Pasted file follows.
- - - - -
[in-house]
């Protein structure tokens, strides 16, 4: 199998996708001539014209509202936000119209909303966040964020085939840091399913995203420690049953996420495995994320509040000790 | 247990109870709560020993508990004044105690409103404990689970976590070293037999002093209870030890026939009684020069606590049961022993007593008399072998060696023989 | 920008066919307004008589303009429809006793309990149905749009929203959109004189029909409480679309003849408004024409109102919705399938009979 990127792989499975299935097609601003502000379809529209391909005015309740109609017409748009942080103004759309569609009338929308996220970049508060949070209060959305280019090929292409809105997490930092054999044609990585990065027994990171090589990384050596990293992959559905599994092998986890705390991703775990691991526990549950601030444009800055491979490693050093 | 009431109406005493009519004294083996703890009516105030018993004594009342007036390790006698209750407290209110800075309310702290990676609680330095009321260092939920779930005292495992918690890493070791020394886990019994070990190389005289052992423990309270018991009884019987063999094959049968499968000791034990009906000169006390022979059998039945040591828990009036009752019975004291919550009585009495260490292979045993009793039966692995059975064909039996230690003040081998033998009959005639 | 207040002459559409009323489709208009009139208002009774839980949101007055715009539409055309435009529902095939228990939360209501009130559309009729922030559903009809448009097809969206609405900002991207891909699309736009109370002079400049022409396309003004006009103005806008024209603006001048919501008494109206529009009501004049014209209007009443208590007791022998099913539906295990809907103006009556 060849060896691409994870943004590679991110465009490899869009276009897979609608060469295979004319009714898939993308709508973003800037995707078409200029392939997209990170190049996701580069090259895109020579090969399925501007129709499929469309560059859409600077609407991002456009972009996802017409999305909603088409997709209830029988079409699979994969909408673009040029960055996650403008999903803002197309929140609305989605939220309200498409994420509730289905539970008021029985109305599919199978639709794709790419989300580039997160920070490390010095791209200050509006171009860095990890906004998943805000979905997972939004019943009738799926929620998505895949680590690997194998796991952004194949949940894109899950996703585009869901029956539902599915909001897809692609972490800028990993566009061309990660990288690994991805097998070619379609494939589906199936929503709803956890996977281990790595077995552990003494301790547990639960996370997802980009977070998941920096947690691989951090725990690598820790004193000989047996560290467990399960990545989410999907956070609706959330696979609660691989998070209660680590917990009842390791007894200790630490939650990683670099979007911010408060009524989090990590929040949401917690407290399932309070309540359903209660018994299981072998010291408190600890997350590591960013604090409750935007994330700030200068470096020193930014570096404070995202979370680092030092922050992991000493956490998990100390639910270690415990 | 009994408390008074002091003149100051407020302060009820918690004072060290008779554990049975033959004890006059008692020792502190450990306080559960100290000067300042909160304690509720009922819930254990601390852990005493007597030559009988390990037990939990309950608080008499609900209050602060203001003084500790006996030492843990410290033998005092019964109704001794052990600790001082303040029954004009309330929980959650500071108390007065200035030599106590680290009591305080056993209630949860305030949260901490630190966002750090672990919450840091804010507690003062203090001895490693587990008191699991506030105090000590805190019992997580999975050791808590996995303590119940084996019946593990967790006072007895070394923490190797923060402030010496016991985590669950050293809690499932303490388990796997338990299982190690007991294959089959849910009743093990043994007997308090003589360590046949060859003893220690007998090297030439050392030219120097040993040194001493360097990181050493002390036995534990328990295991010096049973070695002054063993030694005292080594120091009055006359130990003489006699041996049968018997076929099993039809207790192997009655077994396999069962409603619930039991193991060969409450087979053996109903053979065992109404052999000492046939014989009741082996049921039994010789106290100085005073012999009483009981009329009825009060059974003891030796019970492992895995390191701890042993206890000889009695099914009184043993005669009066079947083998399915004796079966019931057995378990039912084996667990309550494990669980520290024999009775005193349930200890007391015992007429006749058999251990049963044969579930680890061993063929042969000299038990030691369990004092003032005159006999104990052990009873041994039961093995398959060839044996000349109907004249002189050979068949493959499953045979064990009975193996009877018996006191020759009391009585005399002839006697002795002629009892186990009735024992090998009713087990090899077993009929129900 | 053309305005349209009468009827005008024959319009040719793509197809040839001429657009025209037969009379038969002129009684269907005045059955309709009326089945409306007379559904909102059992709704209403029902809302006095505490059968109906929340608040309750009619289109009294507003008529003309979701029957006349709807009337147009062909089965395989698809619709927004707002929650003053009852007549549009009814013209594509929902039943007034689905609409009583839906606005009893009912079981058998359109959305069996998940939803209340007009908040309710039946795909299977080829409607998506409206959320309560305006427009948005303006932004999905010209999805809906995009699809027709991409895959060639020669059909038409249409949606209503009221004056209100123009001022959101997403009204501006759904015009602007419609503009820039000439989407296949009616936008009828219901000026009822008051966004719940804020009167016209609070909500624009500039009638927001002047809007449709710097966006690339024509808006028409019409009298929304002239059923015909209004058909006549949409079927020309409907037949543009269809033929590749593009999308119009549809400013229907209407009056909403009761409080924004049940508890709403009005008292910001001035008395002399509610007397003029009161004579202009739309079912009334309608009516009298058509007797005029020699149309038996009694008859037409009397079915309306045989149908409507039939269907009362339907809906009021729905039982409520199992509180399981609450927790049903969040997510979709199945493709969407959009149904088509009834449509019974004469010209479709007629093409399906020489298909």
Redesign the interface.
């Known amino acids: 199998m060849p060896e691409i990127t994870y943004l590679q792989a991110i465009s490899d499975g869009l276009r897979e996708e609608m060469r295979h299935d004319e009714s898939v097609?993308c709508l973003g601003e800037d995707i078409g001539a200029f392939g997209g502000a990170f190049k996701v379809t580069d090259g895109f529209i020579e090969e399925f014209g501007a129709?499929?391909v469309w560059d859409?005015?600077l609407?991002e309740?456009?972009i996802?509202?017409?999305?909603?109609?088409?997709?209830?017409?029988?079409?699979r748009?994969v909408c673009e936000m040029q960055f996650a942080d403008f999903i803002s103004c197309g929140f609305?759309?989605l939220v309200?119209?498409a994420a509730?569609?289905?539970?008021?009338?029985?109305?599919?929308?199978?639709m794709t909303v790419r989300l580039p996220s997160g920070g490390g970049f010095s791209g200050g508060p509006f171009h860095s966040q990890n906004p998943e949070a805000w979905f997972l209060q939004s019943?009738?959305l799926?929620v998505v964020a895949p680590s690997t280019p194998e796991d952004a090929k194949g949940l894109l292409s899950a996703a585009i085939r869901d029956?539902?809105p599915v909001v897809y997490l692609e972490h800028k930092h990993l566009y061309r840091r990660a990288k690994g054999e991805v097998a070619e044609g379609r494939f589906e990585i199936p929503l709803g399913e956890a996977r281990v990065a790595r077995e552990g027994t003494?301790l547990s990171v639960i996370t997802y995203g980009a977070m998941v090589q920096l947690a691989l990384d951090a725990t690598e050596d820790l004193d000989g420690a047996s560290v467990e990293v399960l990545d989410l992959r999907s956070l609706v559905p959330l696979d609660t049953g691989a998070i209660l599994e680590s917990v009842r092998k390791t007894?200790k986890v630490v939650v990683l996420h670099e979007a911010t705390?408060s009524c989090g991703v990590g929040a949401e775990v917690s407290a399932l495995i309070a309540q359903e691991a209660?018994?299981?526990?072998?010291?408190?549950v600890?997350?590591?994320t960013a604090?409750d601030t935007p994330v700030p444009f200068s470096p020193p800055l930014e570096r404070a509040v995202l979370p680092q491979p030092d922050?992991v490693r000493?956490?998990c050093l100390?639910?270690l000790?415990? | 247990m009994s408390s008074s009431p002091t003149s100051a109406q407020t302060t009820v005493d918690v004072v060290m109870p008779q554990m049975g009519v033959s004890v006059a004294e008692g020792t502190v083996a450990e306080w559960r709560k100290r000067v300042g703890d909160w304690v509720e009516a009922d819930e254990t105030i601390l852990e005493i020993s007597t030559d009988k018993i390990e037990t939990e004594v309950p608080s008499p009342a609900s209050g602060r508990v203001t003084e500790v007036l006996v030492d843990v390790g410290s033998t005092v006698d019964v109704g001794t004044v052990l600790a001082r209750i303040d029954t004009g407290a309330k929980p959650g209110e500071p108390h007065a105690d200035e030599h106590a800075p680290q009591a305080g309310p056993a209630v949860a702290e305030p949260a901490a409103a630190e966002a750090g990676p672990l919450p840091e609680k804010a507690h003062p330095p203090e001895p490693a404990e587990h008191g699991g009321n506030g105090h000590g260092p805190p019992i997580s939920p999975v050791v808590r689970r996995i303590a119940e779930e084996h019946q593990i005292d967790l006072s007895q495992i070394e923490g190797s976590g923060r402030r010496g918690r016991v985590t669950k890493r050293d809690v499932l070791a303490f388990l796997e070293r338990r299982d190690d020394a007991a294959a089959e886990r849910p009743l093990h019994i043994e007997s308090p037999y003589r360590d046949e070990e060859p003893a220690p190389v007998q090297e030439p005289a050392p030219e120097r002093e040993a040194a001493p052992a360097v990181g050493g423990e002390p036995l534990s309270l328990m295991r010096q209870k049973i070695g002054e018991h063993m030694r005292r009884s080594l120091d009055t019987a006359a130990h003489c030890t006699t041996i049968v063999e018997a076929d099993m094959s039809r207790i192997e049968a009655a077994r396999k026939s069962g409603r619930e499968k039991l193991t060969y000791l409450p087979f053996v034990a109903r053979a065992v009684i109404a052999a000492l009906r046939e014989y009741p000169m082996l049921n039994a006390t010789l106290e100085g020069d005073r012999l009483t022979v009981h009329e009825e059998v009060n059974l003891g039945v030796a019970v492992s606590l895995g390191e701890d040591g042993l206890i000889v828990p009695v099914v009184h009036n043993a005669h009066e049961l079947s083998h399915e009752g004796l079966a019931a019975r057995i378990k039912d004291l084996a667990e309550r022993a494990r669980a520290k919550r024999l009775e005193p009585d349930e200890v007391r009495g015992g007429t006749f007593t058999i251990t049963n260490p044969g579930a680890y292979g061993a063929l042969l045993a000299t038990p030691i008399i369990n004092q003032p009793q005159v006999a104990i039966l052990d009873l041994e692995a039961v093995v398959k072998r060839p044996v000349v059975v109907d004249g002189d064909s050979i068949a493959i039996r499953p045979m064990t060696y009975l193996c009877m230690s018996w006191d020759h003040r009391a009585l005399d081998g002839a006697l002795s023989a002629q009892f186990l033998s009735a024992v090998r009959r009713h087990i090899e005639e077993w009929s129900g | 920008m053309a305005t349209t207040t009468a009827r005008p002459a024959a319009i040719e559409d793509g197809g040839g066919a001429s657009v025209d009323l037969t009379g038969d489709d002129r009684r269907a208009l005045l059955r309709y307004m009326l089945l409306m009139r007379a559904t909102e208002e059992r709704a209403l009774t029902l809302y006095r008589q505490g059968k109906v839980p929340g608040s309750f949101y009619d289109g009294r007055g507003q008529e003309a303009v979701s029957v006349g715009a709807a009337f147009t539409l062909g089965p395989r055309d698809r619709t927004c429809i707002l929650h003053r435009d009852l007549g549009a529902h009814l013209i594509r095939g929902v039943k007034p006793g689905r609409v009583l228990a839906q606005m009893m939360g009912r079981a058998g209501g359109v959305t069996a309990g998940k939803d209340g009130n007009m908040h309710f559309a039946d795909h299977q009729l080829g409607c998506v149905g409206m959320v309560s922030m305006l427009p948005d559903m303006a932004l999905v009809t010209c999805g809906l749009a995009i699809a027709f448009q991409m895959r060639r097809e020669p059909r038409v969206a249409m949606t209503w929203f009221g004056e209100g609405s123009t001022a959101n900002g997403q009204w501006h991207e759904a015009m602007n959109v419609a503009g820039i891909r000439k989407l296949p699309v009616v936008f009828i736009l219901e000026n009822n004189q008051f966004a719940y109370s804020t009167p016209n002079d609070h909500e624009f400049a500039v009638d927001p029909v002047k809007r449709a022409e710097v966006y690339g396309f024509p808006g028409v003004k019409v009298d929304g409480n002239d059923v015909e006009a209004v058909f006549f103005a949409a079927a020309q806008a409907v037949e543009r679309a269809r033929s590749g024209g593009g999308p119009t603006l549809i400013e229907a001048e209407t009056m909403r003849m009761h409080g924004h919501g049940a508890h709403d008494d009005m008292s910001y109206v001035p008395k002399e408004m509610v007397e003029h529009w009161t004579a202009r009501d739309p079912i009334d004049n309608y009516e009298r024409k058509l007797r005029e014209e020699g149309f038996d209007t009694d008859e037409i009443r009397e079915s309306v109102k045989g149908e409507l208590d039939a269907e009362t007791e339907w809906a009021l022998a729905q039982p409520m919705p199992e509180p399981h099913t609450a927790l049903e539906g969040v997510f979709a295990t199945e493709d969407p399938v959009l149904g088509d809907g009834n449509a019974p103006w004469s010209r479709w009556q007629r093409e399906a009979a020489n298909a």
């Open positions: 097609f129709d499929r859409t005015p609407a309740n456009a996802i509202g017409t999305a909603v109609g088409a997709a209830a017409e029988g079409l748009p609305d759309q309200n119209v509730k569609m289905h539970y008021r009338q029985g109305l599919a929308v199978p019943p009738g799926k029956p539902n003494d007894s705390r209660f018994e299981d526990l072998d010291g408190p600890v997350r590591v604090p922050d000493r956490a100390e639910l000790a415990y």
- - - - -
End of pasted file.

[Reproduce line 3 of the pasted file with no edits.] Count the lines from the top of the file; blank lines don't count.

Redesign the interface.